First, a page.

Given the recent pandemic’s uncertainty and disturbances, it is not surprising that investors seek more information before making a decision. Although alternative data is not new, it has been the recent focus for many investing firms. A recent study concluded that the global alternative data market size would grow at a 44% CAGR from 2020 to 2026, reaching an impressive $11.1 billion. The following sections explore the importance of alternative data and its predicted trends this year.
Alternative data datasets contain any type of information that is not typically enclosed in traditional sources, such as financial reports or SEC filings. For instance, any information sourced from websites, web traffic, satellites, sensors, social media, or cell phones are considered alternative data.
This information is now increasingly being used by investors to make better investment decisions. There is only one purpose for using these data: to have better insight into the markets and boost portfolio returns.
Before 2020, the prominent role of using alternative data was to make better and more profitable long-term decisions, while ESG also had an upward trend. Despite this, as the pandemic changed the world as we knew it, investors have started to use alternative data for an entirely new purpose: immediate risk management. As businesses struggled to remain open, the workforce turned to remote work, while investors actively sought alternative information to better understand market volatility from different perspectives.
Alternative data has already been used by hedge funds for some years now. Still, there is evidence that it is quickly expanding to numerous other industries, including energy, retail, transportation and logistics, and more. Machine learning methods have also been on the rise due to investors’ interest in collecting and analyzing large datasets.
One of the recent emerging trends refers to consumption data analysis. This offers transaction-related information to investors that can help them predict business sales, so it is not surprising that this trend is expected to spike in 2021 and beyond.
Although leveraging machine learning methods is not so mainstream just yet, early adopters can benefit from major advantages. For example, in 2018, it was rumored that Cambridge Analytica collected information from 50 million Facebook profiles to use in the Trump presidential campaign back in 2016. Despite this, Facebook’s stock price did not experience any slowdown until later that year – primarily due to investors’ reaction to Facebook’s announcement that user growth is slowing down.
In other words, investors using alternative data can identify these events and act on them before the general market, simply because most investors are pretty inefficient when it comes to digesting unstructured information. Those who are proficient in machine learning can determine which events will impact the stock price, resulting in higher returns.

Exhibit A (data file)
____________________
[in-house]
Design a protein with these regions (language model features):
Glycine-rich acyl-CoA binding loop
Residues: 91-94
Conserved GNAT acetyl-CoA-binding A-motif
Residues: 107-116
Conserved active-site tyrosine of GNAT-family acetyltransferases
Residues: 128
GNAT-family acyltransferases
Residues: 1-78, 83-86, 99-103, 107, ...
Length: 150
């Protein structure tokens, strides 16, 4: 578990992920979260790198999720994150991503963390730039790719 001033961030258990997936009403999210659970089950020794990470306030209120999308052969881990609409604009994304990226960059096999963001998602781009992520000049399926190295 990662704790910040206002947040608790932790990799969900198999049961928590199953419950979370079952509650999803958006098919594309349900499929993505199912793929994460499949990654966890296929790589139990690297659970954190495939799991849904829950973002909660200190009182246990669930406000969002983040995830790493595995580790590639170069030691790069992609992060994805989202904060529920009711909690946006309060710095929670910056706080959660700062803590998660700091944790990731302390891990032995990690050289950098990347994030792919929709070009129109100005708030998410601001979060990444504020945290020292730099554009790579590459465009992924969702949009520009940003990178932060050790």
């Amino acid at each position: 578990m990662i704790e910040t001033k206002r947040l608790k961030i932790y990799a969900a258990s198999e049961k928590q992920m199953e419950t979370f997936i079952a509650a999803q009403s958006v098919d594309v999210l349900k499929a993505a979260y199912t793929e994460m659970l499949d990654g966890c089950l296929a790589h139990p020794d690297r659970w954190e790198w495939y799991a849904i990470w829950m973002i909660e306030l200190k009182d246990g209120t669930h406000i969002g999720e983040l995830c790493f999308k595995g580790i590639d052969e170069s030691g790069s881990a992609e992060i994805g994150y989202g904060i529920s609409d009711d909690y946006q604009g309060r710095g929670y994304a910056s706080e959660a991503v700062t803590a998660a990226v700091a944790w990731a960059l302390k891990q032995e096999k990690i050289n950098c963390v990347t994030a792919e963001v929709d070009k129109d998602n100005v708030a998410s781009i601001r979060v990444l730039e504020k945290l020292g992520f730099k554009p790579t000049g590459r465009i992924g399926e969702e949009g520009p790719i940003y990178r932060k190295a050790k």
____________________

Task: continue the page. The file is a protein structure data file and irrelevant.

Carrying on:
ESG has become a significant point of interest for investors, especially as policymakers, such as the European Commission, have proposed different methods to improve the integration of sustainability factors in the investment decision-making process.
In 2021, it is expected that this focus will increase, along with individual investors’ interest in sustainability. For example, 64% of active retail investors focused on sustainable investment funds in 2017 compared to 2012, according to a study.
However, generating profits with ESG strategies has become more difficult since most investors have access to the same resources: the company’s sustainability reports. Another issue of this traditional source of data is that the company itself reports the information, so it may not reflect the reality. In 2021, investors are expected to become creative and start using alternative data, such as social media information, to discover unique signals and create profitable investment strategies.
Alternative data have always been quite fragmented, coming from a wide variety of sources. In 2021, it is expected that this information will turn into a more organized mass of data as alternative data providers step in to offer quality, cleaner datasets.
For example, investors who focus on certain types of stocks, such as retail, may want to access alternative data relevant to the particular industry, combining geolocation information with transactions and social sentiment. Combining these different datasets into a curated, well-presented form can provide a significant advantage.
Even more, this aggregation of alternative data can define more clearly the previous uncertain international market opportunities. In other words, combining different datasets can make emerging markets, such as China, more transparent and safer for investors. This aggregation allows investors to remain informed at all times and keep up with international market opportunities.
All in all, there is no surprise that alternative data is on the rise. In a world driven by uncertainty and volatility, more and more investors seek alternative data datasets that offer them a glimpse into information that is not widely available. This provides a competitive advantage that helps find the alpha and drive higher returns than the market.